Contractor Finishes Mudslide Cleanup Work in California

Long Beach, California-based National Plant Services was one of the primary contractors assisting Montecito in the wake of the devastating January mudslide

Contractor Finishes Mudslide Cleanup Work in California

National Plant Services worked in Montecito, California, from Jan. 17 to Feb. 23, cleaning and inspecting the community's entire collections system following the Jan. 9 mudslide.

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National Plant Services recently wrapped up its time in Montecito, California, following the devastating mudslide that hit the community in early January.

Although it will take much more time for the area to completely recover, progress has been made since National Plant Services initially arrived on scene Jan. 17 to help with cleanup efforts. That day, National Plant Services crews arrived in Montecito to complete darkness.

Not just the dark of nighttime, but a desolate blackness that comes with a complete lack of civilization. The only illumination came from police and emergency crews, digging through the wreckage of what used to be a community.

“Just destruction,” says Jeff Garcia, National Plant Services business development manager, when he first spoke with Cleaner magazine in late January. “I guess where we initially came in, there had been a street full of homes — now it was just washed away. Looked like nothing had been there. The streets aren’t streets: just kind of a mud- or dirt-covered lane where a street used to be. Scary is not the right word, but you’re anxious being there. There’s no power, no utilities; everything is dark.”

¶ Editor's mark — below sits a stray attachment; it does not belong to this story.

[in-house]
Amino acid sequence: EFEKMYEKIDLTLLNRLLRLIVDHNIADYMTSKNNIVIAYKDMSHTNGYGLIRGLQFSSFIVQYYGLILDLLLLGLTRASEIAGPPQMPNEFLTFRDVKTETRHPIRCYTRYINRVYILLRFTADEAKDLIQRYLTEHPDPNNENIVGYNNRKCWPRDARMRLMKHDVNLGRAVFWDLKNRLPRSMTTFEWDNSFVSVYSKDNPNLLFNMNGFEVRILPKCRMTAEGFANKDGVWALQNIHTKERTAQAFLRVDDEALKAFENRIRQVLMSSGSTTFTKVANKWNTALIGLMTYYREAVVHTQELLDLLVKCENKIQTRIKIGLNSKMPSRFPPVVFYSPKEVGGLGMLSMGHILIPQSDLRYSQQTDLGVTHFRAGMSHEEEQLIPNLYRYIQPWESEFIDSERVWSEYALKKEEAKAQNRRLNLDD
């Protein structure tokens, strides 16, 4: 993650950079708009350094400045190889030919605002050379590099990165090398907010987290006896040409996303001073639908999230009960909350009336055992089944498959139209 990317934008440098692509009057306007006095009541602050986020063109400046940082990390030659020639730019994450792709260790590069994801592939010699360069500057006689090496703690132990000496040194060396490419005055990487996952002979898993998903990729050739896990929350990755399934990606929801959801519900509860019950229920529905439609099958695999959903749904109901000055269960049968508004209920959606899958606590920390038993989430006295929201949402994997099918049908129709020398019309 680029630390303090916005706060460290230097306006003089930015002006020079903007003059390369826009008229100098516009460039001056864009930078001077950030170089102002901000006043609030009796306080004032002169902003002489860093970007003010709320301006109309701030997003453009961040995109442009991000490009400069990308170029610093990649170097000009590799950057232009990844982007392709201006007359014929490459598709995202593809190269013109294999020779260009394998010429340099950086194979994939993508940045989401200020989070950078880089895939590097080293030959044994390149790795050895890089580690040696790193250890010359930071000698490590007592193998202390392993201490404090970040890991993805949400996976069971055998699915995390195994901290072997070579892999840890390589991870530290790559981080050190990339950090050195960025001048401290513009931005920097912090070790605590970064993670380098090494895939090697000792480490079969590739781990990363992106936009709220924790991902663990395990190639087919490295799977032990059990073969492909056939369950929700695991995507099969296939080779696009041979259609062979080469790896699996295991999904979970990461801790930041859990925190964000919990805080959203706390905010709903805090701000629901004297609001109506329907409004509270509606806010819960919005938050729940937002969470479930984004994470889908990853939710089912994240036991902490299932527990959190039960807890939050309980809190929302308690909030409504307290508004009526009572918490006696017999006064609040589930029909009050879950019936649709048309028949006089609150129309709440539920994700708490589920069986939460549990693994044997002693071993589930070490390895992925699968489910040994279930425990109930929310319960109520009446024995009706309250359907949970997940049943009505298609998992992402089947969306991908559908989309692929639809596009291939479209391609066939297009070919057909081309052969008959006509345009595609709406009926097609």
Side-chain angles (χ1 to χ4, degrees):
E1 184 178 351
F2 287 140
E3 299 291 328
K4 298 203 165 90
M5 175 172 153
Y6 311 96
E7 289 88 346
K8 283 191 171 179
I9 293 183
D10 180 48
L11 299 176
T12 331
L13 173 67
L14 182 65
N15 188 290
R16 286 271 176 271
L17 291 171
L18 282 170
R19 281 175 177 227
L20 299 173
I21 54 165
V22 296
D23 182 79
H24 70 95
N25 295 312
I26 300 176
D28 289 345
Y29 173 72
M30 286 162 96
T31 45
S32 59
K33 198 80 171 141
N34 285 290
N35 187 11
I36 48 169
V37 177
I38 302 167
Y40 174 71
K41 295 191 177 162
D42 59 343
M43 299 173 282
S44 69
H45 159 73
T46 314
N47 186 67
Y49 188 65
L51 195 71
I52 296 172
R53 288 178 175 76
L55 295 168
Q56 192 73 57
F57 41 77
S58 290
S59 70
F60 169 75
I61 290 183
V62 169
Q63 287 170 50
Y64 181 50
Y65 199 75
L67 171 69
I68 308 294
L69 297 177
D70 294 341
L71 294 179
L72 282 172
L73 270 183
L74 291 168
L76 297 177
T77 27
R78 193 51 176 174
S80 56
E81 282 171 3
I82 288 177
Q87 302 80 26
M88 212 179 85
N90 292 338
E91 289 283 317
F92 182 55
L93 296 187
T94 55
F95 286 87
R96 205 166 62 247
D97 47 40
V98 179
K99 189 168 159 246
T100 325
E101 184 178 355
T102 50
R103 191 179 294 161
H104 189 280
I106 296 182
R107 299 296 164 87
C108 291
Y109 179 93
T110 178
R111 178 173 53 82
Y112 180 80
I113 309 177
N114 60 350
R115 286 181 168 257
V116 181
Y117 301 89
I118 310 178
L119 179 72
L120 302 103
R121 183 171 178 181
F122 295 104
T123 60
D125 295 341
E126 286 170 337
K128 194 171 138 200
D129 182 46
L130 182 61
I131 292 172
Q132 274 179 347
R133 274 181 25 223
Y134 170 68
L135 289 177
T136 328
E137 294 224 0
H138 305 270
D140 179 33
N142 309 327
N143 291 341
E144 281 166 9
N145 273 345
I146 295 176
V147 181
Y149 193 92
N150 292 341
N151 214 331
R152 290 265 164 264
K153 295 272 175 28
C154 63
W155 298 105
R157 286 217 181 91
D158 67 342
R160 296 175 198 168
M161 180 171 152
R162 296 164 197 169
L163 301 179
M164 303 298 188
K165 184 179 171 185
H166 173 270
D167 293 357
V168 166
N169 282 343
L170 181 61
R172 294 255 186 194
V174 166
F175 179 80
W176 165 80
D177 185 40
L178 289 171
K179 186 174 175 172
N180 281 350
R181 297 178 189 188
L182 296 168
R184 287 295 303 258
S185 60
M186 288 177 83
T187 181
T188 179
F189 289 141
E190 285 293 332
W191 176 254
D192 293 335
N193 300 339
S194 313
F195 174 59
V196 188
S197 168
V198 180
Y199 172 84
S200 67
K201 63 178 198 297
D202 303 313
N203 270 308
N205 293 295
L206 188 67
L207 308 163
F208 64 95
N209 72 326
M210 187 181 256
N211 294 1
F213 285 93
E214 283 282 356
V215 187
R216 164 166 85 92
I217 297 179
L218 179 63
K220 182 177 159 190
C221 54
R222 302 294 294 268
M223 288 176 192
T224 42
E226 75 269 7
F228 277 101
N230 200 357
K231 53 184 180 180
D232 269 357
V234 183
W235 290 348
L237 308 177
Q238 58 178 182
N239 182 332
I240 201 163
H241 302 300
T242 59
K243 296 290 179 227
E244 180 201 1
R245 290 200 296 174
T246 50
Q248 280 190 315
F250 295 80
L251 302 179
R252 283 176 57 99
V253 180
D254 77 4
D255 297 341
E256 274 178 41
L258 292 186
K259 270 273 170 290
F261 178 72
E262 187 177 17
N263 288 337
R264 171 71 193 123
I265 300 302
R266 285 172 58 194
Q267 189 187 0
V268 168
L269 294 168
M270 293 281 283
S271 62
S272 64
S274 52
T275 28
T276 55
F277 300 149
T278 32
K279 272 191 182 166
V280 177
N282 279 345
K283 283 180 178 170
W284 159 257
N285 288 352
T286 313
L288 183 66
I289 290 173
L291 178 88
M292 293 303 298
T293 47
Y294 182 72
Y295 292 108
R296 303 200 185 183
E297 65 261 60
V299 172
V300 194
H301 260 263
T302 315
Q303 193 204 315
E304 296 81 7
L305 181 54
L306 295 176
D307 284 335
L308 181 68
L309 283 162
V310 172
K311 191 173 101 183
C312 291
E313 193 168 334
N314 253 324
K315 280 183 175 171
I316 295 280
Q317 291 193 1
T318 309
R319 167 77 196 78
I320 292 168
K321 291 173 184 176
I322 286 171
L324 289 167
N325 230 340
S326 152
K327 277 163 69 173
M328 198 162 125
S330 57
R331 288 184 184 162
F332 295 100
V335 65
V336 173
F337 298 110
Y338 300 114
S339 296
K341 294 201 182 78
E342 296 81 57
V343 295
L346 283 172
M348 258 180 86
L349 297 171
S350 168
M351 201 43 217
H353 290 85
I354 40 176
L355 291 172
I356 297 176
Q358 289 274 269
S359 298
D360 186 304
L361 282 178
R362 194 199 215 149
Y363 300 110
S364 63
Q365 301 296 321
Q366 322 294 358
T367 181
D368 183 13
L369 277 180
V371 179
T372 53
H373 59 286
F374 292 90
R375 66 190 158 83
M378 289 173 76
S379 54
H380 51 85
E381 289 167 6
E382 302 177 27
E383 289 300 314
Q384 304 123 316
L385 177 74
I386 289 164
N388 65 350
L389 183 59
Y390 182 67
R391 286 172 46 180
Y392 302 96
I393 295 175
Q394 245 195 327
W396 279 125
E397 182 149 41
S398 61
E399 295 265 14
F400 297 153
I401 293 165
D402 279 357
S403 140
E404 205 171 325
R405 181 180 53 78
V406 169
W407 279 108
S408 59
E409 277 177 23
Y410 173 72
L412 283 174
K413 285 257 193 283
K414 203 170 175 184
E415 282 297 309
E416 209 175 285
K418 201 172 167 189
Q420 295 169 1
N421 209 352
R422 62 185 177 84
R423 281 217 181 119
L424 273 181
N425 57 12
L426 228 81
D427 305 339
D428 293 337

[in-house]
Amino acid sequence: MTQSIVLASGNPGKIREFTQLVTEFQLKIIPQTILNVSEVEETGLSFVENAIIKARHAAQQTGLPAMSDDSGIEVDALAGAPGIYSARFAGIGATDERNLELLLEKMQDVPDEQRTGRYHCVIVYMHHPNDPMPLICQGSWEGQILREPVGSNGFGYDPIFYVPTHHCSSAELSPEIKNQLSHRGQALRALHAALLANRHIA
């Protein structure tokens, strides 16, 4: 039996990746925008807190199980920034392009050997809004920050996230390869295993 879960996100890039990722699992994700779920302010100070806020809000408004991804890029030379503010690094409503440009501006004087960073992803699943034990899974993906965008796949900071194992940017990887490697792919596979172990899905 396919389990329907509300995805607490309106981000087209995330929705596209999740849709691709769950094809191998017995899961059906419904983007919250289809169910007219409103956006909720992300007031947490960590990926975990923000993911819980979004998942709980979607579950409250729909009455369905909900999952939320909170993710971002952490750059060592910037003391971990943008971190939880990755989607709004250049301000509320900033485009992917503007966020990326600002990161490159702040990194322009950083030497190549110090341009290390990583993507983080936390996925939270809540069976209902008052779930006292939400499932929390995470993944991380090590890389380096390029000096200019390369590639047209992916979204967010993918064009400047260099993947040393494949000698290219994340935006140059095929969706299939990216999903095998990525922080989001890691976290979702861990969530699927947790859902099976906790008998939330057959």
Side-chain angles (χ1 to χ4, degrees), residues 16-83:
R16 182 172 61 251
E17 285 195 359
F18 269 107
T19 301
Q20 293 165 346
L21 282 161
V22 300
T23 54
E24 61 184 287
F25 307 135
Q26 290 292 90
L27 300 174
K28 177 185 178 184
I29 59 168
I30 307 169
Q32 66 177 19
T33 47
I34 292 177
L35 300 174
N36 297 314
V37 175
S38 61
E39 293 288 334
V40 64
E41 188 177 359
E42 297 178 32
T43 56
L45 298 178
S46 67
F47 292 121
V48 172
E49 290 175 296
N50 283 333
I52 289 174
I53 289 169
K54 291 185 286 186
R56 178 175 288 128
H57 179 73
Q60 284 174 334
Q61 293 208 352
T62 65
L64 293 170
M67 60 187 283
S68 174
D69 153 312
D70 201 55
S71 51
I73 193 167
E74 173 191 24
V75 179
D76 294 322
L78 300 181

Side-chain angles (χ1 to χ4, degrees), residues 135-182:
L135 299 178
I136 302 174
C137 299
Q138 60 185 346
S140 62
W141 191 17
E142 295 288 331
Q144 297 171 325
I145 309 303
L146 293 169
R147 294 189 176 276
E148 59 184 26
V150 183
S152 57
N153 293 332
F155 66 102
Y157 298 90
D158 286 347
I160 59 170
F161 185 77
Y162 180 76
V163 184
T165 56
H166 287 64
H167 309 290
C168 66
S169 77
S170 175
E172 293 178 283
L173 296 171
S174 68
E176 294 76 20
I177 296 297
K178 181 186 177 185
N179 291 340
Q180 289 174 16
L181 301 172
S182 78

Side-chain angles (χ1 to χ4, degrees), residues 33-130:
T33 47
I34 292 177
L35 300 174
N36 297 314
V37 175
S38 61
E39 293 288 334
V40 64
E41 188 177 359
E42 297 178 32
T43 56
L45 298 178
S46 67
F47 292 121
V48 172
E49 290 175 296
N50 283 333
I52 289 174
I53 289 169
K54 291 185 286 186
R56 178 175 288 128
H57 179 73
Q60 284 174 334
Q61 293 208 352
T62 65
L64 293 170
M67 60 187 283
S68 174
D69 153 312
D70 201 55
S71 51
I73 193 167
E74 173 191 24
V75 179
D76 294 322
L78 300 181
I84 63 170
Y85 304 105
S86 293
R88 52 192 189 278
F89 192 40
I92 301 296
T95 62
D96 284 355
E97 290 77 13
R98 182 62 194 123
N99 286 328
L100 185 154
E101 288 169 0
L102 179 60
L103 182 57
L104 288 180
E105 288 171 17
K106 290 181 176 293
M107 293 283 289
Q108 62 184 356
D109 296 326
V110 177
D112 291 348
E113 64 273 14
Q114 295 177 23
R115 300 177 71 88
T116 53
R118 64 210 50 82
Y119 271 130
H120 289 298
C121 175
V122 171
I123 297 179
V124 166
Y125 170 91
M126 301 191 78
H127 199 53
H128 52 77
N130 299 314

Four crews from National Plant Services were involved in the cleanup efforts. They were tasked with completing a condition assessment for essentially the entire collections system; no small task when even finding manholes was a challenge. City workers accompanied the crews to locate access points, along with excavation trucks that had to scrape away at caked mud to expose manholes.

“Even getting to the city was a challenge,” Garcia says.

National Plant Services crews were working around the clock at first: 12- to 15-hour day and night shifts with the four crews rotating two at a time, some days inspecting up to 12,000 feet of pipe.

“Some lines were OK and hadn’t been affected, but others we would pop the manhole and it’s just to the top with mud,” Garcia says. “Some areas go fast, and some areas go slow where they’re packed with rocks that came into the line. We slowed down and did five-day weeks toward the end instead of seven-day weeks, and we were working 10 hours instead of 15.”

National Plant Services took a water truck in addition to its Vac-Con and camera trucks because water was cut off to much of the town early on.

“There were only certain fire hydrants that were working, so we made sure we weren’t chasing water all day,” Garcia says. 

Overall, National Plant Services spent a little over a month in Montecito and inspected around 100,000 feet of pipe, even inspecting some sections of the system twice.

“Some of the stuff they just wanted to burn through to make sure it was OK, and then they had us come back,” Garcia says.

National Plant Services also engaged in some rehabilitation efforts, including capping laterals to houses that had been swept away or red-flagged as unsalvageable, as well as replacing some manholes that had been destroyed or completely blocked with debris.

“It could have been a lot worse, actually,” Garcia says of the collections system. “I was surprised that most of the lines were in decent condition. I’d say we found about half a dozen broken pipes that you could tell were a direct result of the mudslide.”



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